The Information Society


Letter from the Editor-in-Chief Rob Kling
11(3) 1995

This issue of The Information Society (TIS) 11(3), is the first that I organized as the new Editor-in-Chief. The journal, published since 1981, is a key forum for thoughtful analysis of the impacts, policies, system concepts, methodologies and cultural change stimulated by ways of organizing information and access to it. TIS is a multidisciplinary peer-reviewed journal whose audiences include scholars with an interest in the relationship between information technologies, social/organizational life, cultural change, and social change; policy- and decision-makers in government, industry and education; and managers concerned with the effects of information technologies on individuals, organizations and society. 

I am making some key changes in the organization of TIS. I have appointed many new editorial board members and plan to further expand the board with additional international appointments. I have asked the editorial board members to act as active ambassadors for the journal by encouraging their colleagues to submit significant papers for possible publication. The editorial board members are also playing active roles by organizing special issues or special sections of larger issues. 

Tora Bikson (and J.D. Eveland who is not a member of the editorial board), helped organize a special section of this issue that includes three important articles about the complexities of supporting group work with computer systems. Rolf Wigand is organizing a new special issue on Electronic Commerce. Mark Poster is organizing a debate about the recent Magna Carta for Cyberspace that was written by Alvin Toffler, George Keyworth, George Gilder, and Ester Dyson. One doesn't have to belong to the editorial board to edit special issues, and I am interested in proposals for special issues from TIS' readers. 

In addition to publishing scholarly articles, I am also encouraging the publication of debates in TIS. I have organized issue 11(4) to focus on the roles of electronic journals as reliable media for scholarly communication. The issue features a major debate (with standard length articles) between Steven Harnad (Editor-in-Chief of an electronic journal, Psycoloquy) and Steve Fuller (Editor-in-Chief of Social Epistemology). TIS articles are typically 4,000-7,500 words long. TIS will also publish shorter "position statements" of up to 2,000 words and debates in a new section, called "The Forum." The Forum will premiere with shorter articles that debate the character of social life and development of advanced National Information Infrastructures in issue 12(1).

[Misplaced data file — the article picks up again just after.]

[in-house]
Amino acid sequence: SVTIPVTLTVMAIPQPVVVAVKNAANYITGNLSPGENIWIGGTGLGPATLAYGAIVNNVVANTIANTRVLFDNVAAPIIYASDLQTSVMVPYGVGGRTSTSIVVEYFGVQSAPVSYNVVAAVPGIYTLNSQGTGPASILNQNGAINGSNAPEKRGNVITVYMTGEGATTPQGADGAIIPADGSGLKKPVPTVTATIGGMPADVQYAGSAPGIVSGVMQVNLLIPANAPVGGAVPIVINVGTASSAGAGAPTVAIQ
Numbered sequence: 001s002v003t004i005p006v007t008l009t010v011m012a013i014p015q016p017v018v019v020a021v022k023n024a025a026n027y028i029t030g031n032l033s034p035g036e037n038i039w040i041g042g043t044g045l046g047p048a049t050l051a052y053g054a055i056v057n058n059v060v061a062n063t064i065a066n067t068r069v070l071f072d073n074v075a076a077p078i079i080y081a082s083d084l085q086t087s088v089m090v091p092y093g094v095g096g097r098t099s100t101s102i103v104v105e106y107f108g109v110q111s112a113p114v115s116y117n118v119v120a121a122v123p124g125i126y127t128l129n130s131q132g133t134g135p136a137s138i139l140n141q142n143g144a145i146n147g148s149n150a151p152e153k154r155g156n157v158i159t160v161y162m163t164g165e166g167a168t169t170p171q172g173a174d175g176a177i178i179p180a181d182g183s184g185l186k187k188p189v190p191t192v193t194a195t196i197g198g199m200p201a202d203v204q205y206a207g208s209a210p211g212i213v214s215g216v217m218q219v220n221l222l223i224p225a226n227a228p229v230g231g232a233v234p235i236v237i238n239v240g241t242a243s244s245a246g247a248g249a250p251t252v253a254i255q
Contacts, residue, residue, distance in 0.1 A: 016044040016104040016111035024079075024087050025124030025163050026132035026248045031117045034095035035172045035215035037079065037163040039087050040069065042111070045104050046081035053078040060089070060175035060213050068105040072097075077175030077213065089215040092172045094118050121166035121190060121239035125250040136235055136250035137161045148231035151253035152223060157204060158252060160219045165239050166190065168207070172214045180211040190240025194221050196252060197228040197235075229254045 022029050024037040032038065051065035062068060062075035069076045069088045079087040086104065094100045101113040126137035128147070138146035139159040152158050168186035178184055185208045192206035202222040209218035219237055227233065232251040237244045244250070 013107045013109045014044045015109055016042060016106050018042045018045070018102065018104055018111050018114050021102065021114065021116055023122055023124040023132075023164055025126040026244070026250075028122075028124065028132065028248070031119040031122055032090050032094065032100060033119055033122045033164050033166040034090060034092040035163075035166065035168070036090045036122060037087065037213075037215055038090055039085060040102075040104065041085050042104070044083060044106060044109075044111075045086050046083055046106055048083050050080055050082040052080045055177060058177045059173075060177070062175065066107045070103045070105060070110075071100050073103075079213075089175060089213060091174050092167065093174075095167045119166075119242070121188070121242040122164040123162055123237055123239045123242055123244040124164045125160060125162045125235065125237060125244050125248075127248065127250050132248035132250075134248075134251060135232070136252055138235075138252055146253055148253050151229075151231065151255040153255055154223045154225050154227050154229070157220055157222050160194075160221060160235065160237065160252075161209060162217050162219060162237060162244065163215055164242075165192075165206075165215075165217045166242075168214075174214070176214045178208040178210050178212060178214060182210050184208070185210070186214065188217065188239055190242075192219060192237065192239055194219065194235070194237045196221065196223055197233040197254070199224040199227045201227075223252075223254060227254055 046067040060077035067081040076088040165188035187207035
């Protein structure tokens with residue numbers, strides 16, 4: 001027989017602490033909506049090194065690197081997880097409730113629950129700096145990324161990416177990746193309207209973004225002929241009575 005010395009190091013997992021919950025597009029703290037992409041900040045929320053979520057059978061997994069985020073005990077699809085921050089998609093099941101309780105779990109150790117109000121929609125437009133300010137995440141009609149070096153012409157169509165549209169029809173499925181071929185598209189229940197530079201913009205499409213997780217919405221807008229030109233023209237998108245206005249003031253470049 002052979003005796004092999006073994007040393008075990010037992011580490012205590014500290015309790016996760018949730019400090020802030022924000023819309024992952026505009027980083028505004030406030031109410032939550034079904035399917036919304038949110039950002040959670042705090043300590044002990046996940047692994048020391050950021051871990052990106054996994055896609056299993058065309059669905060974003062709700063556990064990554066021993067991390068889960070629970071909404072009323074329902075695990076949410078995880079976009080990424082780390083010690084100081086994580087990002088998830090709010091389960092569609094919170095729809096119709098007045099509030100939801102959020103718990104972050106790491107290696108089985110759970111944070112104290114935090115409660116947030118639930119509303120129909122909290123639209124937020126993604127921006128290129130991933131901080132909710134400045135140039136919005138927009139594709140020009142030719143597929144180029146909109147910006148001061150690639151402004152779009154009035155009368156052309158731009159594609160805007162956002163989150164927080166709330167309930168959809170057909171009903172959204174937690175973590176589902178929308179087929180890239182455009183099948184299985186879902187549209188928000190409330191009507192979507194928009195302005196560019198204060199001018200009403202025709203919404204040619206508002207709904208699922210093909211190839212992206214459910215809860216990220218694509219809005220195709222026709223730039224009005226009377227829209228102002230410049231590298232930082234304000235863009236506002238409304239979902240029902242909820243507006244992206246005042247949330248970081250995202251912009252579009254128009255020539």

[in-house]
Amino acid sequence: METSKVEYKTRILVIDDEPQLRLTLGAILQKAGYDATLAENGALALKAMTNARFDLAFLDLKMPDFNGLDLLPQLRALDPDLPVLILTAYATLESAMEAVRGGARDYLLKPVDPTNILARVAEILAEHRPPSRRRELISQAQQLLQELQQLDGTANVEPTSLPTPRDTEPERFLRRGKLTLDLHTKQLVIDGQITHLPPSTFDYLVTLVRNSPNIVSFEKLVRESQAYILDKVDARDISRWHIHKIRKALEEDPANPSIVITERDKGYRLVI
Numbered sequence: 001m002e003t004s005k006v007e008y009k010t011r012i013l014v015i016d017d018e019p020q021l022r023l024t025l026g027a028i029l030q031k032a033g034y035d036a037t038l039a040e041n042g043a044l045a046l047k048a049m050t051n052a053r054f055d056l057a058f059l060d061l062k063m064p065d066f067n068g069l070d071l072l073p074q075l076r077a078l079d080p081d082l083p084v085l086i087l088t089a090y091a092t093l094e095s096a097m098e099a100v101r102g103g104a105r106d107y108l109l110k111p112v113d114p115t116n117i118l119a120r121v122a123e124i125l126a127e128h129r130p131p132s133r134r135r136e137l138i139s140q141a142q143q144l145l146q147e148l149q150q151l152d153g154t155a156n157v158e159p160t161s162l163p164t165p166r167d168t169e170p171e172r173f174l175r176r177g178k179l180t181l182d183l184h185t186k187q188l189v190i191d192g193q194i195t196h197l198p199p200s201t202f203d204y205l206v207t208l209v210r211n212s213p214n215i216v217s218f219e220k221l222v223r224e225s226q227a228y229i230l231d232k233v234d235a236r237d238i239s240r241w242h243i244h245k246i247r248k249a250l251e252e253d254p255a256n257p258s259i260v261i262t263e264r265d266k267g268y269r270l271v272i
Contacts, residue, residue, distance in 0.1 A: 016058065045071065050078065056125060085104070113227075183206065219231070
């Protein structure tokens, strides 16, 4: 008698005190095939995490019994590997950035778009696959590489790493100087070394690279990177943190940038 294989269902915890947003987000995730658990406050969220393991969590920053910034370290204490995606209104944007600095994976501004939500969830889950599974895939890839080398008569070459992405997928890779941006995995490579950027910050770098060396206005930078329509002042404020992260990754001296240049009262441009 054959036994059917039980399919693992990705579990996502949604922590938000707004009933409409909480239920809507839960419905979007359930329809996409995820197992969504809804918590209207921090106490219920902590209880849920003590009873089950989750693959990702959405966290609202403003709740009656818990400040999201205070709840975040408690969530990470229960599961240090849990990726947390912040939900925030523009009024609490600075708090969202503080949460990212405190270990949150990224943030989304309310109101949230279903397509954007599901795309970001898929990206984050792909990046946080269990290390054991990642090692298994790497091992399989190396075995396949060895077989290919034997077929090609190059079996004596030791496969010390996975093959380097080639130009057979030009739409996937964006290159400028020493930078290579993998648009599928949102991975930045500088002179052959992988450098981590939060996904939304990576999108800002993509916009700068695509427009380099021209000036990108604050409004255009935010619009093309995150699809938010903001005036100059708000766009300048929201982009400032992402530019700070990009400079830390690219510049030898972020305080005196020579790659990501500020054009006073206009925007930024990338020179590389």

I am also increasing the number of books that are reviewed in TIS. There is a growing stream of books that examine key aspects of the shifting social order in a way that highlights the role of information technologies. The popularization of metaphors such as National Information Infrastructures, information superhighways, and Cyberspace, as well as increased access to the Internet has stimulated a new wave of analysis. In the 1980s, much of the analysis of information society topics focussed on issues of the economy, organizational change, work and power relations. Today, the popularization of network technologies have stimulated broader analyses that also examine cultural changes and the nature of community life when people work and affiliate via electronic forums. I would like you to be able to learn about important books and to read thoughtful reflections about them in TIS. 

I have appointed two book review editors, Lisa Covi ( and Wayne Lutters (, to help identify key books, identify reviewers and manage the reviews. The next TIS issue 12(1), includes reviews of three books (Linda Harasim's "Global Networks," Richard Lanham's "The Electronic Word: Democracy, Technology, and the Arts" and Sven Birkerts' "The Gutenberg Elegies: The Fate of Reading in an Electronic Age"). The Forums and book reviews will help to significantly multiply the number of studies, arguments and viewpoints that you will find in each issue of TIS. 

I have created a home page for TIS (currently that can serve as a source where authors and readers can obtain up-to-date information about the journal, including announcements of forthcoming issues, article abstracts, and paper calls for special issues. I am discussing other materials that can appear on this web page, such as the whole texts of selected articles and abstracts of all articles, with TIS' publisher, Taylor & Francis

I hope that this collection of innovations will help make TIS a journal that many more scholars and professionals feel that they must read routinely to keep up with the best studies and fresh commentaries about the changing information environments and social change. These innovations are experimental in many of their details. I welcome your comments about these innovations and alternative possibilities.

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